So What am I Doing Here? Reflections on the Inauguration Day Protests
Patrick Cockburn
The Rise of Trump and Isis Have More in Common Than You Might Think
Binoy Kampmark
Ignored Ironies: Women, Protest and Donald Trump
Gregory Barrett
Flag, Cap and Screen: Hollywood’s Propaganda Machine
Gareth Porter
US Intervention in Syria? Not Under Trump
L. Ali Khan
Trump’s Holy War against Islam
Gary Leupp
An Al-Qaeda Attack in Mali:  Just Another Ripple of the Endless, Bogus “War on Terror”
Norman Pollack
America: Banana Republic? Far Worse
Bob Fitrakis - Harvey Wasserman
We Mourn, But We March!
Kim Nicolini
Trump Dump: One Woman March and Personal Shit as Political
William Hawes
We Are on Our Own Now
Martin Billheimer
Last Tango in Moscow
Colin Todhunter
Development and India: Why GM Mustard Really Matters
Mel Gurtov
Trump’s America—and Ours
David Mattson
Fog of Science II: Apples, Oranges and Grizzly Bear Numbers
Clancy Sigal
Who’s Up for This Long War?
Weekend Edition
January 20, 2017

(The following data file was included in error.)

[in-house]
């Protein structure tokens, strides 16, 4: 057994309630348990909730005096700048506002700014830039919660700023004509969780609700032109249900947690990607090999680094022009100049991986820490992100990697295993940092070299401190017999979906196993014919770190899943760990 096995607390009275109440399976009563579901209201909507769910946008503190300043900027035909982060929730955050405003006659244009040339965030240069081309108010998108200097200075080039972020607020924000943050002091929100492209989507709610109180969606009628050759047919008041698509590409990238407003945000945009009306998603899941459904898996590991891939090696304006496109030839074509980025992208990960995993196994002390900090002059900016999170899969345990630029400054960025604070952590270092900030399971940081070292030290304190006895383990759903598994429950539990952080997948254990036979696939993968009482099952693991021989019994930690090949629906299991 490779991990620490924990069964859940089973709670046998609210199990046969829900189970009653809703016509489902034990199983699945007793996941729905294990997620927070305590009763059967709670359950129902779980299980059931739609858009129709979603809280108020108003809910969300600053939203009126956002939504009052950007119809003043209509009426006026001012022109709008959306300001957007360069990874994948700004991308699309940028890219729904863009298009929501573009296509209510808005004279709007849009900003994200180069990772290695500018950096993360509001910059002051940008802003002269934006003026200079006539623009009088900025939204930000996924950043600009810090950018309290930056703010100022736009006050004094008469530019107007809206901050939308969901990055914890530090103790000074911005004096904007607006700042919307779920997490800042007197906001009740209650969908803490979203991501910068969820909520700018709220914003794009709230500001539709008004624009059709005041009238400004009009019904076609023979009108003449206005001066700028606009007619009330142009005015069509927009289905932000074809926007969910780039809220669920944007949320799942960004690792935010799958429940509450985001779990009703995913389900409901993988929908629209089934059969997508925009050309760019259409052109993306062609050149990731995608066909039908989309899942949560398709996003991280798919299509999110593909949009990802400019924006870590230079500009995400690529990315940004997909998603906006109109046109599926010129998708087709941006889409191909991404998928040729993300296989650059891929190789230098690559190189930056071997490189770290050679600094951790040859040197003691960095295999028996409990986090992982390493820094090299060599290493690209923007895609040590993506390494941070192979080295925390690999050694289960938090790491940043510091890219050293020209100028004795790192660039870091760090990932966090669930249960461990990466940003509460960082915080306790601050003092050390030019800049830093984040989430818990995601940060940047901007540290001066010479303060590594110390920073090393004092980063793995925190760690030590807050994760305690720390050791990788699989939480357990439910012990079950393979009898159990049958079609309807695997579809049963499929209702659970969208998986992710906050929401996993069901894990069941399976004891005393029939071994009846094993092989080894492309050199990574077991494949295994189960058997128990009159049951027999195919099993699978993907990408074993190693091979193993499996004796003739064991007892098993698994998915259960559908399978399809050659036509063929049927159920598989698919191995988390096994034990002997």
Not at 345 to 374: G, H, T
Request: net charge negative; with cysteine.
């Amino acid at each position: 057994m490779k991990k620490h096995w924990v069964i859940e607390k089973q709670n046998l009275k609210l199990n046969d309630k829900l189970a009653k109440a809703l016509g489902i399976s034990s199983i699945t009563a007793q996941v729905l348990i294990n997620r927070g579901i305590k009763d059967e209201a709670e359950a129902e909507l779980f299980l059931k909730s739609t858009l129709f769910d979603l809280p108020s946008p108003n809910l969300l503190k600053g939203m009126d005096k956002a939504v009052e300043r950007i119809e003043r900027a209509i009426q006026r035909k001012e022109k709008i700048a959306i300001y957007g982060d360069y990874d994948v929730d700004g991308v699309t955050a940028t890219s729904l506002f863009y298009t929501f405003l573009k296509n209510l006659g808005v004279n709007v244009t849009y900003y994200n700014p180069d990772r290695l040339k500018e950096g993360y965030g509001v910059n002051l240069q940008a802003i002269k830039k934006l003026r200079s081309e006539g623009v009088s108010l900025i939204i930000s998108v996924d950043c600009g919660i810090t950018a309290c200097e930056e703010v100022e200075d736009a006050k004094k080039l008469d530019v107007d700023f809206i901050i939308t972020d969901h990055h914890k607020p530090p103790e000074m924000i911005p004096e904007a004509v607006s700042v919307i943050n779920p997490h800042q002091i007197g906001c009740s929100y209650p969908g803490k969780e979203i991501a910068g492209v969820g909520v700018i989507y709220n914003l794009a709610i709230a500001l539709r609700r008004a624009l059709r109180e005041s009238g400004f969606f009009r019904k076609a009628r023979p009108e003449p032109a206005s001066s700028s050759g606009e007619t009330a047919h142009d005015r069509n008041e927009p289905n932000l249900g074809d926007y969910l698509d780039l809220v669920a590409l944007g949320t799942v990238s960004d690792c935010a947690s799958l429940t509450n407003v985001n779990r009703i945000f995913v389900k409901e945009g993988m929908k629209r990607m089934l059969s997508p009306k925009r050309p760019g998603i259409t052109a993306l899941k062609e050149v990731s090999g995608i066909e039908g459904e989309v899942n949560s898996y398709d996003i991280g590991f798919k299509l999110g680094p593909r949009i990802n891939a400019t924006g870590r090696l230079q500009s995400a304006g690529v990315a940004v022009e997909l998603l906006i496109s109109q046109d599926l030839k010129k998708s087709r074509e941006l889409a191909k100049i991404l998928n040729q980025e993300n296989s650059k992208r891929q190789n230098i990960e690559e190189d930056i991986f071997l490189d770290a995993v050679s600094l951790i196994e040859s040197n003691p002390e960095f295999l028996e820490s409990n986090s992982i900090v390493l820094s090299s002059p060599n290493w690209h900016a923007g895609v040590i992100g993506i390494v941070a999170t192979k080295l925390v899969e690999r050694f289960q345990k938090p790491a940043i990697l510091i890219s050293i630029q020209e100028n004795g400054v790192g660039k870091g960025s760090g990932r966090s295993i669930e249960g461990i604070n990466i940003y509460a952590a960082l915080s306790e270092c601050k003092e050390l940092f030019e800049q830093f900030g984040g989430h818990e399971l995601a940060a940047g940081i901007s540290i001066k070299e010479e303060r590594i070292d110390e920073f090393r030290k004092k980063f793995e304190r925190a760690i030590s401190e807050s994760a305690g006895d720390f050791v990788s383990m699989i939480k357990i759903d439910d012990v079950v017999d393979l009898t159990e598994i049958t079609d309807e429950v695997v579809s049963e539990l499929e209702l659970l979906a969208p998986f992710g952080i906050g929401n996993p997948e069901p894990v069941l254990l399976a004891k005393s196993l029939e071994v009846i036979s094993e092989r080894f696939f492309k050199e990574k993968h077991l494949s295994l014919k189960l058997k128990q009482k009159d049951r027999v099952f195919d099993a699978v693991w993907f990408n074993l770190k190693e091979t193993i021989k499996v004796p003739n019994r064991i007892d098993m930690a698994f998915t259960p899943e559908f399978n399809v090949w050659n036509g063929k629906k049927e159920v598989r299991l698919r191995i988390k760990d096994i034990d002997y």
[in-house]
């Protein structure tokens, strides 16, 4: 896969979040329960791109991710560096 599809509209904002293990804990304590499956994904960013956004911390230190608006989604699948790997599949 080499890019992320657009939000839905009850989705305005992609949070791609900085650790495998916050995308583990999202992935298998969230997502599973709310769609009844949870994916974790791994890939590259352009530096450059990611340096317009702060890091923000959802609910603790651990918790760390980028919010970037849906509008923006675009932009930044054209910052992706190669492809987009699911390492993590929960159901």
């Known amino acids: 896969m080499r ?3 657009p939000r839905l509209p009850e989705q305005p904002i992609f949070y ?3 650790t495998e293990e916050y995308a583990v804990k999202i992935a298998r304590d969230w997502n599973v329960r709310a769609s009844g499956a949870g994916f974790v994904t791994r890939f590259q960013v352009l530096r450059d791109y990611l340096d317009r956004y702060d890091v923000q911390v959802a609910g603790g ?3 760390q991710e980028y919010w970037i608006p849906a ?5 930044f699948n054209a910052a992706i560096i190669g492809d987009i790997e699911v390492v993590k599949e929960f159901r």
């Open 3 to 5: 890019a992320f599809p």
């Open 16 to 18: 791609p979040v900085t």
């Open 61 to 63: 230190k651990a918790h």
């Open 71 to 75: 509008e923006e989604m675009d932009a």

Friday - Sunday
Paul Street
Divide and Rule: Class, Hate, and the 2016 Election
Andrew Levine
When Was America Great?
Jeffrey St. Clair
Roaming Charges: This Ain’t a Dream No More, It’s the Real Thing
Yoav Litvin
Making Israel Greater Again: Justice for Palestinians in the Age of Trump
Linda Pentz Gunter
Nuclear Fiddling While the Planet Burns
Ruth Fowler
Standing With Standing Rock: Of Pipelines and Protests
David Green
Why Trump Won: the 50 Percenters Have Spoken
Dave Lindorff
Imagining a Sanders Presidency Beginning on Jan. 20
Pete Dolack
Eight People Own as Much as Half the World
Roger Harris
Too Many People in the World: Names Named
Steve Horn
Under Tillerson, Exxon Maintained Ties with Saudi Arabia, Despite Dismal Human Rights Record
John Berger
The Nature of Mass Demonstrations
Stephen Zielinski
It’s the End of the World as We Know It
David Swanson
Six Things We Should Do Better As Everything Gets Worse
Alci Rengifo
Trump Rex: Ancient Rome’s Shadow Over the Oval Office
Brian Cloughley
What Money Can Buy: the Quiet British-Israeli Scandal
Mel Gurtov
Donald Trump’s Lies And Team Trump’s Headaches
Kent Paterson
Mexico’s Great Winter of Discontent
Norman Solomon
Trump, the Democrats and the Logan Act
David Macaray
Attention, Feminists
Yves Engler
Demanding More From Our Media
James A Haught
Religious Madness in Ulster
Dean Baker
The Economics of the Affordable Care Act
Patrick Bond
Tripping Up Trumpism Through Global Boycott Divestment Sanctions
Robert Fisk
How a Trump Presidency Could Have Been Avoided
Robert Fantina
Trump: What Changes and What Remains the Same
David Rosen
Globalization vs. Empire: Can Trump Contain the Growing Split?
Elliot Sperber
Dystopia
FacebookTwitterGoogle+RedditEmail